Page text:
There is a very strong possibility that tomorrow the basket price of Opec crude will start with a six for the first time since late June 2015. Ice Brent front-month futures have been sixed-up for a few days now.
Quite the fillip ahead of the group’s meeting at the end of this month, when the key – perhaps the only – point of discussion will be how to keep a good thing going.
Opec has always maintained that the deal to trim output levels, which has attracted co-operation from producing countries outside the group, was not about prices but wholly about drawing down high levels of inventory.
A higher price is a pleasant by-product of this. It has been a slow process, but the Opec basket price is now more than 30pc higher than on 30 November last year, when the deal was clinched.
With a backdrop of third-quarter results that show oil majors’ recovery gathering momentum, it will be incumbent upon those taking the lead in the rebalancing efforts — Saudi Arabia and Russia — to guard against complacency.
In that sense it was surprising to hear BP’s chief financial officer Brian Gilvary say this week that “we are now getting to a more stable period of where oil prices are”. As noted by Wells Fargo, in pointing out that Brent had reached $60/bl much quicker than it thought possible: “There are few ways more likely to instil humility than publishing an oil price forecast.”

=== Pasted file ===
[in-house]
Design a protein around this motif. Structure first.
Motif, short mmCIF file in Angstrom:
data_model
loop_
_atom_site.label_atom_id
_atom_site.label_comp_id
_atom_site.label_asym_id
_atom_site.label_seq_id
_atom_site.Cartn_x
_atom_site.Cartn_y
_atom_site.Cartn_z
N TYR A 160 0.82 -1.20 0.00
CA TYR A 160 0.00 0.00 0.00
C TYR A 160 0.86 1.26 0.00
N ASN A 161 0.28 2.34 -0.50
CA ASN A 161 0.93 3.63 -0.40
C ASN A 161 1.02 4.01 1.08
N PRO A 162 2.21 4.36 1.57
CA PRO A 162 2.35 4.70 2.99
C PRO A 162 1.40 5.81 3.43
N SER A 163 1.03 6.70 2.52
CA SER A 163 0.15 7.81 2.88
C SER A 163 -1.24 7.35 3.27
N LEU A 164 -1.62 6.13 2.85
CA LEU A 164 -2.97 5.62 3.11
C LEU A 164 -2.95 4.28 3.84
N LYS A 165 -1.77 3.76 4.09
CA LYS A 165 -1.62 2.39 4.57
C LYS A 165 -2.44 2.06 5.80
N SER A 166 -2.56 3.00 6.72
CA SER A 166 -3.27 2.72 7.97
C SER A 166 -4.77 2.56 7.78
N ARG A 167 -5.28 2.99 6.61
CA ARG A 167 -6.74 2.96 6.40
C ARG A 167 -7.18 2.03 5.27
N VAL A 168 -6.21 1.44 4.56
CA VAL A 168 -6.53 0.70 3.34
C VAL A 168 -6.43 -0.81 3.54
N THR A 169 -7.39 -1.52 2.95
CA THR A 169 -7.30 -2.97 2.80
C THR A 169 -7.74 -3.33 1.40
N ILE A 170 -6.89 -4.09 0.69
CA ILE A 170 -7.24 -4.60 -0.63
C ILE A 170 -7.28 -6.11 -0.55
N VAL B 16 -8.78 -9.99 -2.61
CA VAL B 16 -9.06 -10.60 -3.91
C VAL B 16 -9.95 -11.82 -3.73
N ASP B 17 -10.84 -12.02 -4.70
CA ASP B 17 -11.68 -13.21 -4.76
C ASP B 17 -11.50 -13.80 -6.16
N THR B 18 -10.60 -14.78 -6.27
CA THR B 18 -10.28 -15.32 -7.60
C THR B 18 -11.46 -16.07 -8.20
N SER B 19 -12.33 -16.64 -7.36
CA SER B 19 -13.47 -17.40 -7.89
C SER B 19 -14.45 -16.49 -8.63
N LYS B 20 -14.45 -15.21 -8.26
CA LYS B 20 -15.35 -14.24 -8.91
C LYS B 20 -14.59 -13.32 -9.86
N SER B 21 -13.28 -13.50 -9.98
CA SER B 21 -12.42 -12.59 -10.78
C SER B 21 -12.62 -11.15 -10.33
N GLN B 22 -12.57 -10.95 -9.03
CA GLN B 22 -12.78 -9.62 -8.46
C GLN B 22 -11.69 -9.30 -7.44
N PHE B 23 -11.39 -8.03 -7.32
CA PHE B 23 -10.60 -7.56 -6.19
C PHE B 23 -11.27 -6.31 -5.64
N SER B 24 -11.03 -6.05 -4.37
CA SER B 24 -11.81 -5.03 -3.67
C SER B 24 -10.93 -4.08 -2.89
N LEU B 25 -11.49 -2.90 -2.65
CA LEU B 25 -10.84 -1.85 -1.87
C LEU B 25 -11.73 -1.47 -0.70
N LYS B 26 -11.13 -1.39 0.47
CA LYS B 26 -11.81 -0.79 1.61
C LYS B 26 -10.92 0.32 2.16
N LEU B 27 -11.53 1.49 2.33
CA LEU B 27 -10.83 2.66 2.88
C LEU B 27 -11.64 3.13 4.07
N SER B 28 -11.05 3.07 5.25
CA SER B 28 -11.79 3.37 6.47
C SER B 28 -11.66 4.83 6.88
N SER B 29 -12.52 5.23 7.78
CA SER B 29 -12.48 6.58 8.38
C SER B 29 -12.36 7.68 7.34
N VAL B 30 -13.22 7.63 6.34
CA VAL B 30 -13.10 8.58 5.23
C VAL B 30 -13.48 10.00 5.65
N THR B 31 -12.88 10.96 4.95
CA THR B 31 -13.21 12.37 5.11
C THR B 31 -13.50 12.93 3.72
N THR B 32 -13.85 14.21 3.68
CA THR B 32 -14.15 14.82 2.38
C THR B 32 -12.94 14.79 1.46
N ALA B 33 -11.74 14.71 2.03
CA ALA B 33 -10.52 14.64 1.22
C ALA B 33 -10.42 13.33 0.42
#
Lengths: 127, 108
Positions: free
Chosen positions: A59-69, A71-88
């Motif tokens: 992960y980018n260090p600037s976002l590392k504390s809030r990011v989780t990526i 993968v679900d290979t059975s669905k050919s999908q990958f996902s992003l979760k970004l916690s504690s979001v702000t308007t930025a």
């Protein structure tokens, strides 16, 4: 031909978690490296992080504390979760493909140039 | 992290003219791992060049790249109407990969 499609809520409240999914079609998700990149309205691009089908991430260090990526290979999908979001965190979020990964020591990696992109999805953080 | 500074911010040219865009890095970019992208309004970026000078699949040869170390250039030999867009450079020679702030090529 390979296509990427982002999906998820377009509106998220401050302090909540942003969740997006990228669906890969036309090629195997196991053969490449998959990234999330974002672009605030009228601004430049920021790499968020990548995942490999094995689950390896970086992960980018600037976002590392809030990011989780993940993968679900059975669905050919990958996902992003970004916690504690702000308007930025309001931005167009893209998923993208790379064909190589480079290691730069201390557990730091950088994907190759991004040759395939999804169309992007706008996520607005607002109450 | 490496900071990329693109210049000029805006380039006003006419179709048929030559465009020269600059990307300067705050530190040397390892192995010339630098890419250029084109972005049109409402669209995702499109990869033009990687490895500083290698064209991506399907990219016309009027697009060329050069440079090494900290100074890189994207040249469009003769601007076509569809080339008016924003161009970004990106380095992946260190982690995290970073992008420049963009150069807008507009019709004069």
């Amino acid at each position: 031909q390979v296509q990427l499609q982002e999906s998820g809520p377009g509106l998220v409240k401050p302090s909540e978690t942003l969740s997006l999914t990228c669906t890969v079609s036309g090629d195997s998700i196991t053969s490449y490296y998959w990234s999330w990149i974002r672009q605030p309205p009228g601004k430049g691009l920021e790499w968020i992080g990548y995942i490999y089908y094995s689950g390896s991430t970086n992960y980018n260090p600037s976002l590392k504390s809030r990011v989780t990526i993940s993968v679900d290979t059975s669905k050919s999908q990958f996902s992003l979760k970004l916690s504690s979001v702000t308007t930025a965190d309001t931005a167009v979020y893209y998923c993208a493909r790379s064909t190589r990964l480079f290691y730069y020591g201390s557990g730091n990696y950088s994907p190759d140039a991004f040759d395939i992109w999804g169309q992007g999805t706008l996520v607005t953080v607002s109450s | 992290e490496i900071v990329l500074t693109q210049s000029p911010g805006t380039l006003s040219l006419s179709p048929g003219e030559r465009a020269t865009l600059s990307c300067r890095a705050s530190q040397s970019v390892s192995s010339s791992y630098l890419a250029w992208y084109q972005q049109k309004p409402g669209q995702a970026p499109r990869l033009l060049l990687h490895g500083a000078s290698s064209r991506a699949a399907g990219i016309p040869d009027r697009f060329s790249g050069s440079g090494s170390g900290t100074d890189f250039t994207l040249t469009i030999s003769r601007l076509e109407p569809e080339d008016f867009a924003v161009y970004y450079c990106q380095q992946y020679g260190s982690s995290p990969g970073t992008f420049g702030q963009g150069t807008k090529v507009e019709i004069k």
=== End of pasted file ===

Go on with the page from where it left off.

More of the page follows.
An outbreak of over-exuberance at an oil and gas investment conference in London this week — where a fund manager said “we know what [price Brent is] going to be for a while now, certainly for the next 1-3 years” — was more understandable, but no less of a concern for anyone trying to maintain discipline and manage expectations.
A price around $60/bl is decent, given where the industry has been in the past three years. But let’s not start waxing each other’s backs just yet.
The risks in either direction loom as large as they ever did. Demand appears healthy, but how will it react to the winding down of a decade’s worth of central bank monetary policies? Will US policy impinge on Mideast Gulf output, or can the region’s domestic policies get there first? Many of the large producing countries that were looking frayed two years ago do not look repaired today.
Pick your own risk, there are plenty to go around. To a greater or lesser extent, a price-seeker can take account of these. Putting a price on complacency is another matter altogether.